Should Atheists and believers date?by Don Lacey on Sep. 22, 2012, under Arizona Families, Art & Culture, Atheism, Biblical Inerrancy, Christian Self-Righteous Arrogance, Christianity, Critical Thinking, Ethics, Faith, Freethought, Fundamentalism, God & Bible, Logic, Question of the Day!, Reason, Religion, That's Life!
Mark and Cindy have been a couple for years. They are seemingly made for each other. Though they have many have numerous political and philosophical differences, these do not seem to be a problem in their relationship. Rather, they focus on their common interests and years of common experience together. They knew each other for years before becoming romantically involved and are in many ways best friends despite their differences. They know how to accommodate each other’s differences and make things work. For them differences of religious opinion are not likely to sway years of affection and shared experience.
Other couples are not able to accommodate philosophical differences as easily. I have heard multiple stories of relationships that have been devastated when one couple has an unexpected change in religious beliefs. A conversion from Christian to Atheist can shock one’s significant other and in some cases convince them that their partner has betrayed them to work for the devil or at the very least are now going to hell. When I was single, I was always concerned about dating Christian women even the more moderate one’s because they could at anytime convert to a more extreme form of Christianity. Such conversions can come with huge attitude and behavior changes as well as complete reworking of one’s values.
Many Atheists tell me that they cannot date religious people of any kind but Christians are often specifically mentioned as non-starters. Though I know many nice, intelligent Christians, this attitude is understandable. I can see why my fellow Atheists do not want to have relationship with someone who values faith over reason, believes wild tales of talking snakes, or thinks they and their friends deserve to be tortured forever. I have to admit that these are real turn-offs for me. I would not like sharing my affection with someone who already believes themselves to be in a relationship with a being that is, as best I can tell, imaginary.
Many religious people cannot stomach the idea of dating an Atheist. Many religious people just can’t stand the idea of dating someone who does not share their beliefs. After all, they don’t want some guy who is going to drag them down Satan’s path and lead them to hell. Multiple Christians have told me that they cannot be in a relationship with anyone who is not “saved.” I don’t have much problem with this. It would probably be very hard for many Christians if their significant other was not only an Atheist but the type of outspoken Atheist who contributes to a blasphemous blog like this.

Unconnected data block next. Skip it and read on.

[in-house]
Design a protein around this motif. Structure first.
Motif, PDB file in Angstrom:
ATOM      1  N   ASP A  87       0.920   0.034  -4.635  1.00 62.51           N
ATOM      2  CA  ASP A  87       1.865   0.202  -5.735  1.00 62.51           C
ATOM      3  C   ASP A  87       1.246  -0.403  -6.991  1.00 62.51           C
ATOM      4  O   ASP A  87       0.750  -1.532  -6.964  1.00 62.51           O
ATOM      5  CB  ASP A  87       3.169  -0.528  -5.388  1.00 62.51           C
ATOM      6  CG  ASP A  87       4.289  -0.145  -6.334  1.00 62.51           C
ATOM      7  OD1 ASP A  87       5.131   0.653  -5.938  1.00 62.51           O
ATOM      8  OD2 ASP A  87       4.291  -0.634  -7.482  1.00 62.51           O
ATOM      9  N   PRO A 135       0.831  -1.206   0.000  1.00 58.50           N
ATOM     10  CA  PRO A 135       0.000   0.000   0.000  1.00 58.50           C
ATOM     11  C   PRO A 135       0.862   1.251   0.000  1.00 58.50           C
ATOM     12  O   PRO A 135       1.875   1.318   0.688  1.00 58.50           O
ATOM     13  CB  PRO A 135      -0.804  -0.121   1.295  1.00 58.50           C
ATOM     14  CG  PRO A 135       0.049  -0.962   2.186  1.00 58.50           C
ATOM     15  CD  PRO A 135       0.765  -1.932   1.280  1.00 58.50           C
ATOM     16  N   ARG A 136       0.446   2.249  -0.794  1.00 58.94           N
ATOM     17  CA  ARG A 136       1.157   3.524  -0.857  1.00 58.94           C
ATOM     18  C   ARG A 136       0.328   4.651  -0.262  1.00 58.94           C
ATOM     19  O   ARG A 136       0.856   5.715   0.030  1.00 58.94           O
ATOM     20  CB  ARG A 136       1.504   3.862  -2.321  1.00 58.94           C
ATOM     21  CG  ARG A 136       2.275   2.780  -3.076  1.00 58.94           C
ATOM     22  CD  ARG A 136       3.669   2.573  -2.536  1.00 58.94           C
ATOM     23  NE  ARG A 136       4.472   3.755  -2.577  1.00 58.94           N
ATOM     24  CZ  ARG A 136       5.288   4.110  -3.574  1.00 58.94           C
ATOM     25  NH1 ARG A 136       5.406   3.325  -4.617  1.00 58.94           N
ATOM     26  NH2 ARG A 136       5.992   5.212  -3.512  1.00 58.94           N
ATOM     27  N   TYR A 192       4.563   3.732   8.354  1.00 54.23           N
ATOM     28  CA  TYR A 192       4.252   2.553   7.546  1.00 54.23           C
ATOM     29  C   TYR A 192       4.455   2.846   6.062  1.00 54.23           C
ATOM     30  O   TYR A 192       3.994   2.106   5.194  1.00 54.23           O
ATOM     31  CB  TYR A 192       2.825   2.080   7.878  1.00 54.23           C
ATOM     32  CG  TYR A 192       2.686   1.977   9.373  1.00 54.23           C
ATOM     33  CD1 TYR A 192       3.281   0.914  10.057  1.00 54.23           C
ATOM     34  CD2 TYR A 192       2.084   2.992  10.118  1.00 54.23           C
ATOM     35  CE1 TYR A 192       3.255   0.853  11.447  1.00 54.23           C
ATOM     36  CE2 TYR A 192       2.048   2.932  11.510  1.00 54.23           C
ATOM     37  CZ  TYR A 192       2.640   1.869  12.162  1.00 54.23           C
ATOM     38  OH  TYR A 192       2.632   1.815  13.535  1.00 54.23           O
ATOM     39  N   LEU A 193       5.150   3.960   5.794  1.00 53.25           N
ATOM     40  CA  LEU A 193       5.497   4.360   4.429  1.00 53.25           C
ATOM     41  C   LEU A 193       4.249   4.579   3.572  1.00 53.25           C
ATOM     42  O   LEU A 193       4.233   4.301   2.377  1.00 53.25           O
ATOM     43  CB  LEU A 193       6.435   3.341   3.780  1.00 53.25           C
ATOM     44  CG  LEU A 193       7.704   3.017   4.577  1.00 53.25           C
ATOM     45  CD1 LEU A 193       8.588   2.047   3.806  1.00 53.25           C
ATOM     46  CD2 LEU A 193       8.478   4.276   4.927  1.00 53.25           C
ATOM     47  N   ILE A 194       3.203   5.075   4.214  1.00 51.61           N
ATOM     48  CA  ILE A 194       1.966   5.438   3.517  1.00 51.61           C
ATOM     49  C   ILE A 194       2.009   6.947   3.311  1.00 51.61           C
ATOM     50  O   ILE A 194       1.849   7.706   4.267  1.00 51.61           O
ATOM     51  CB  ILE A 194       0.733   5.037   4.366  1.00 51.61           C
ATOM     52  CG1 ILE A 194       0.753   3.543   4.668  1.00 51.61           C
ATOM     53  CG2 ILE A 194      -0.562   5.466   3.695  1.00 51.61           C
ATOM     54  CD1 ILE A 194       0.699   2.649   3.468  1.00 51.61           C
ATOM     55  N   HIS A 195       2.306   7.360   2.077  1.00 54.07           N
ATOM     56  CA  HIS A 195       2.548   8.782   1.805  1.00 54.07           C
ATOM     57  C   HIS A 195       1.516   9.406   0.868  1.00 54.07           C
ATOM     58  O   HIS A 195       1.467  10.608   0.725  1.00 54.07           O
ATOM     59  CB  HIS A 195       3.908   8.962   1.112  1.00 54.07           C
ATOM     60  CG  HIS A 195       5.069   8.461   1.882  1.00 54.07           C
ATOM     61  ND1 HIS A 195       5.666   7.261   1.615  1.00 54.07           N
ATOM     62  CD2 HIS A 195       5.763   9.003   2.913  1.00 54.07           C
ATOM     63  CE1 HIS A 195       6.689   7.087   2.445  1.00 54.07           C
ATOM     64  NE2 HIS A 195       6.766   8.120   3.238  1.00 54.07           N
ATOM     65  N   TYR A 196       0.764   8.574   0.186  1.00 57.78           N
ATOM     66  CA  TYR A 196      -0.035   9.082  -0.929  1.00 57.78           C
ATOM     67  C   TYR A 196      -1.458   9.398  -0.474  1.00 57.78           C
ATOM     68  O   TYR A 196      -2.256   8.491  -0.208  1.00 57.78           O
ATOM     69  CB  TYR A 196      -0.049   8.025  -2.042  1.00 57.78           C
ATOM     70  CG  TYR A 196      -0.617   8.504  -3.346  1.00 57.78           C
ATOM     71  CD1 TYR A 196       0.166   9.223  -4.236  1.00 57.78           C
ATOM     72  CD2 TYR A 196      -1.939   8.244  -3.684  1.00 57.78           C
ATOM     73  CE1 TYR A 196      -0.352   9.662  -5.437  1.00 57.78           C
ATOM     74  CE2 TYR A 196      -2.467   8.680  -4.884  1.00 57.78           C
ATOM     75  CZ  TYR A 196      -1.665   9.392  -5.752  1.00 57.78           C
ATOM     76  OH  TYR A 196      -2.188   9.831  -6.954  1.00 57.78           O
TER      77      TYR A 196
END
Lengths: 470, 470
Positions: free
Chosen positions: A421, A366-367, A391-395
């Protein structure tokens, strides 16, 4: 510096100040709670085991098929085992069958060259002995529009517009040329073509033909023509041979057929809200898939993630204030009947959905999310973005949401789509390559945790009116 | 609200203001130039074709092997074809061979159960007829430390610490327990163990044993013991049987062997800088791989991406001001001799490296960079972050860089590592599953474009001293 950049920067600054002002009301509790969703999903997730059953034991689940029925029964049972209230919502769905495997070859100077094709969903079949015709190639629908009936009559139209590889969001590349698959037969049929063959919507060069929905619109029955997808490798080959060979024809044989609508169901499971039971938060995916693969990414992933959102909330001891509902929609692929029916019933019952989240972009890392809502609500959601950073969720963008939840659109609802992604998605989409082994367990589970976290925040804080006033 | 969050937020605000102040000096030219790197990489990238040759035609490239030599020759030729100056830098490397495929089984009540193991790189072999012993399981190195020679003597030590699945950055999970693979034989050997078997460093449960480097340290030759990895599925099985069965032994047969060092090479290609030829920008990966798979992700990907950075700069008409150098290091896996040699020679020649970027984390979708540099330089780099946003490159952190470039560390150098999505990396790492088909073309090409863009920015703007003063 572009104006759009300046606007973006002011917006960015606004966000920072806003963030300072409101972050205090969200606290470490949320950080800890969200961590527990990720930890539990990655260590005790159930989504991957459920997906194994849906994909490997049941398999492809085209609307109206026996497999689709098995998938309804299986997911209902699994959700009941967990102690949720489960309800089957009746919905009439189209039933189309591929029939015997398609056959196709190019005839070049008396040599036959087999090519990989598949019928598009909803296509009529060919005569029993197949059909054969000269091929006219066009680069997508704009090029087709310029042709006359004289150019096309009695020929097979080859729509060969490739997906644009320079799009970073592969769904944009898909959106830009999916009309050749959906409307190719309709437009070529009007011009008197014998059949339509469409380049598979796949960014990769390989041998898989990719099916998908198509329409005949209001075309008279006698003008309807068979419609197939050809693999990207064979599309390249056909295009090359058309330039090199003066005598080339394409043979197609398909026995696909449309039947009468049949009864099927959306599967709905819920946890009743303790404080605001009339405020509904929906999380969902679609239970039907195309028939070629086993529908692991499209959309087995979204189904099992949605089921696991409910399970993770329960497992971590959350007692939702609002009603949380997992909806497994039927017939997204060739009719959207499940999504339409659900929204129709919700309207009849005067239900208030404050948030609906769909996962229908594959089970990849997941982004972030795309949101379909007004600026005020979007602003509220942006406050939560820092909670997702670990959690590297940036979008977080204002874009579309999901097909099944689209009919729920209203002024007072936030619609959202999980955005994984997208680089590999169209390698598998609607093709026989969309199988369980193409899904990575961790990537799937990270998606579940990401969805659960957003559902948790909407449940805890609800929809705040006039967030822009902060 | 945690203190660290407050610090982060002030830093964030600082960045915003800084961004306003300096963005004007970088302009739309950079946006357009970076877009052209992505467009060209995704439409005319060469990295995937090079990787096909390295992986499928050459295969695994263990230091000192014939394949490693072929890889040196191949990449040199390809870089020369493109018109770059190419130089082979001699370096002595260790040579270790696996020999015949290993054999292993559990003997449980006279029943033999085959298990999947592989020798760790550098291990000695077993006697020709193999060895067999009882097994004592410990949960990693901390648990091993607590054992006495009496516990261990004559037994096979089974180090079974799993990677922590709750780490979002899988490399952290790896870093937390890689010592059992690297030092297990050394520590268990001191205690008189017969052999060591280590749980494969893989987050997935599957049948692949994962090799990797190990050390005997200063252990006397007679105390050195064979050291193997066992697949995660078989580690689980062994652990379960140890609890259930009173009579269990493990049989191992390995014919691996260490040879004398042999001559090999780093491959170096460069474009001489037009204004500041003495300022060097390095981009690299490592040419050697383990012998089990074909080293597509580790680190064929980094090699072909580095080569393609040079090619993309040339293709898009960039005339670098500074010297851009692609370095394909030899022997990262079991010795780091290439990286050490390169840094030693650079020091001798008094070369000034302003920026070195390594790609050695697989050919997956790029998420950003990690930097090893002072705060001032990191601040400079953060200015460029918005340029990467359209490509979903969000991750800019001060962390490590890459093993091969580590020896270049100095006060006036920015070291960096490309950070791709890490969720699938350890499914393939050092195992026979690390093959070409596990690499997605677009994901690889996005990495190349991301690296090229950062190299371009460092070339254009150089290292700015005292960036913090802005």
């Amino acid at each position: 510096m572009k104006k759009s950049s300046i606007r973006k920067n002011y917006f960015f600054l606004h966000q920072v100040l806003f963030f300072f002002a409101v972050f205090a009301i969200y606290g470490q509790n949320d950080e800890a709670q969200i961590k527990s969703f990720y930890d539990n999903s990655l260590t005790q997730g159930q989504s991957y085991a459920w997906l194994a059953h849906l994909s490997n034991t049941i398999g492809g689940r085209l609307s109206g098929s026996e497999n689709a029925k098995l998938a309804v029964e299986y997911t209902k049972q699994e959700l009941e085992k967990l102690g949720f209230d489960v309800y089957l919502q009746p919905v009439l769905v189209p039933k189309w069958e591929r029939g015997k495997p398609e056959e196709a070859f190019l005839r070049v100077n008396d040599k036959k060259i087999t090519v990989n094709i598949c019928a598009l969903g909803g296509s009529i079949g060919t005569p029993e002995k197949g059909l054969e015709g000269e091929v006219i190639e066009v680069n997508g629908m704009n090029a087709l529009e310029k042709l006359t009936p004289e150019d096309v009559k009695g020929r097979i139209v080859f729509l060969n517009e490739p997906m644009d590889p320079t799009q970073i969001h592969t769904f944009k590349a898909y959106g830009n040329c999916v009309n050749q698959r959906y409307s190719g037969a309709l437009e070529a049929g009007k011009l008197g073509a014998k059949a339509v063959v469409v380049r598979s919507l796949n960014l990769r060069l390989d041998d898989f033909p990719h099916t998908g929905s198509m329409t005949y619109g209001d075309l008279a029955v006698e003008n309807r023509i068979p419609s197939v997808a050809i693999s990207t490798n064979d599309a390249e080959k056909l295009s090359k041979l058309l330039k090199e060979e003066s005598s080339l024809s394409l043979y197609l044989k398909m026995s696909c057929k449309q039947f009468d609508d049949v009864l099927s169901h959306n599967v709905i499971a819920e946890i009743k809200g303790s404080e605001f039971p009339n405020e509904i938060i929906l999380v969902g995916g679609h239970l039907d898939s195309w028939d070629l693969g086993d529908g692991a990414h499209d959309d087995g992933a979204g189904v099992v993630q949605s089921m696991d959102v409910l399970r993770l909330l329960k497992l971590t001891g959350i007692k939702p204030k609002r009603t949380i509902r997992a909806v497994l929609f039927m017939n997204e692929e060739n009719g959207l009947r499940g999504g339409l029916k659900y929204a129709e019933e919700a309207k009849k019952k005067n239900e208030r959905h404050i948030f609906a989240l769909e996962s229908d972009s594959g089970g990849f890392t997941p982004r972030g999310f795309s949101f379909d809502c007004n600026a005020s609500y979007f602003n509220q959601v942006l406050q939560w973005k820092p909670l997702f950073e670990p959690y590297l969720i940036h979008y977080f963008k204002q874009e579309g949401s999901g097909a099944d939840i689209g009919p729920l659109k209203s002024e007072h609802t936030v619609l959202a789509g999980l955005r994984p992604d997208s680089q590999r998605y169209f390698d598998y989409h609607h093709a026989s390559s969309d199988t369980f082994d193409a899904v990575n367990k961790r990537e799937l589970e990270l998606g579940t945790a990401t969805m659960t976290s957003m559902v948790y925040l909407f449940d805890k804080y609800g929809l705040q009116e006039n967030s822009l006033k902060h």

For many people their religion is not just one aspect of their lives but a whole lifestyle. This is in fact what most religions command. God has a tendency to be extremely totalitarian. As such, someone whose life revolves around going to church and staying spiritually pure is not going to do well with someone who enjoys provocative films and music or the occasional visits to the pub. Christianity specifically has a nasty habit of demonizing the world humans live in and things that are of this world rather than God.
At the same time, there are a lot of religious Americans who keep their faith as just one aspect of their lives. After church they can still have a beer or two and watch the football game. They can enjoy secular rock concerts and even acknowledge that the Life of Brian was pretty funny. These more moderate sorts make up most people I know. While they often make good friends and are fun to be around, I would still be hesitant to date one. For one thing moderate Christianity is often less logically consistent than it’s fundamentalist counterpart. At least the fundies have the consistency not to pick and choose what parts of the Bible they believe. Furthermore, moderate believers are often likely to convert to a more fundamentalist version of their religion and in the process change into a whole different person. Many Atheists see this as to much trouble.
Of course, there are many non-believers who are able to have long stable relationships with moderate believers and there are even some who make it work with fundamentalists. If you can make it work for you that’s great. You have my salute. I however prefer to have someone who shares my values, rejects mythology, and embraces critical thinking and a scientific view of the universe. Superstitions and dogma just are not cute to me. I am happy to say, I am lucky enough to have such a someone who shares my values and helps keep me on my toes. I hope all our readers are able to do the same, or at least make their situation work for them.